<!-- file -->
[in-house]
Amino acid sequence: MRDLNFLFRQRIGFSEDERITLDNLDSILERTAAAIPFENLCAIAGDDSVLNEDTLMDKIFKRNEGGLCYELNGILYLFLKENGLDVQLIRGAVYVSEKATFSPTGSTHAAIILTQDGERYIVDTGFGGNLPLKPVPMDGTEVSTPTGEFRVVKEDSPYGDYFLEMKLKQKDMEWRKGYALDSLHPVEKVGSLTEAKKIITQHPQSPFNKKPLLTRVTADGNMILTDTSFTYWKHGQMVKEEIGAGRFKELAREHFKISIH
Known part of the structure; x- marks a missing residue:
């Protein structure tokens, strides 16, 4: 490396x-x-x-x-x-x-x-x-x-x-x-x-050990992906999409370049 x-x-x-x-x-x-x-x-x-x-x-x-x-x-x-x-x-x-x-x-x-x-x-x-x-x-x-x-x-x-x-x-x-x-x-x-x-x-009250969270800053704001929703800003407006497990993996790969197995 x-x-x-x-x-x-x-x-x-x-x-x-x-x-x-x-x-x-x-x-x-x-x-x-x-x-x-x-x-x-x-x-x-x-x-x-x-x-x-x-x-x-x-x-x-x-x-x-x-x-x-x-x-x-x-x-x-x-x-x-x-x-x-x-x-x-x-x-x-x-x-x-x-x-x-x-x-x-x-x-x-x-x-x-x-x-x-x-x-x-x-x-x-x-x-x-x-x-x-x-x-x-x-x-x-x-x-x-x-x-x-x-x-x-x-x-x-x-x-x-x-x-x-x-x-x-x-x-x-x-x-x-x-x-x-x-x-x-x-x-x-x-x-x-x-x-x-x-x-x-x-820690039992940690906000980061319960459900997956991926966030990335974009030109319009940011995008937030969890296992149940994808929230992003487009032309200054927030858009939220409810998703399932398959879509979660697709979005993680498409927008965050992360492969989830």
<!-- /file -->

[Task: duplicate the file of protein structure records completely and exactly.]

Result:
[in-house]
Amino acid sequence: MRDLNFLFRQRIGFSEDERITLDNLDSILERTAAAIPFENLCAIAGDDSVLNEDTLMDKIFKRNEGGLCYELNGILYLFLKENGLDVQLIRGAVYVSEKATFSPTGSTHAAIILTQDGERYIVDTGFGGNLPLKPVPMDGTEVSTPTGEFRVVKEDSPYGDYFLEMKLKQKDMEWRKGYALDSLHPVEKVGSLTEAKKIITQHPQSPFNKKPLLTRVTADGNMILTDTSFTYWKHGQMVKEEIGAGRFKELAREHFKISIH
Known part of the structure; x- marks a missing residue:
């Protein structure tokens, strides 16, 4: 490396x-x-x-x-x-x-x-x-x-x-x-x-050990992906999409370049 x-x-x-x-x-x-x-x-x-x-x-x-x-x-x-x-x-x-x-x-x-x-x-x-x-x-x-x-x-x-x-x-x-x-x-x-x-x-009250969270800053704001929703800003407006497990993996790969197995 x-x-x-x-x-x-x-x-x-x-x-x-x-x-x-x-x-x-x-x-x-x-x-x-x-x-x-x-x-x-x-x-x-x-x-x-x-x-x-x-x-x-x-x-x-x-x-x-x-x-x-x-x-x-x-x-x-x-x-x-x-x-x-x-x-x-x-x-x-x-x-x-x-x-x-x-x-x-x-x-x-x-x-x-x-x-x-x-x-x-x-x-x-x-x-x-x-x-x-x-x-x-x-x-x-x-x-x-x-x-x-x-x-x-x-x-x-x-x-x-x-x-x-x-x-x-x-x-x-x-x-x-x-x-x-x-x-x-x-x-x-x-x-x-x-x-x-x-x-x-x-820690039992940690906000980061319960459900997956991926966030990335974009030109319009940011995008937030969890296992149940994808929230992003487009032309200054927030858009939220409810998703399932398959879509979660697709979005993680498409927008965050992360492969989830």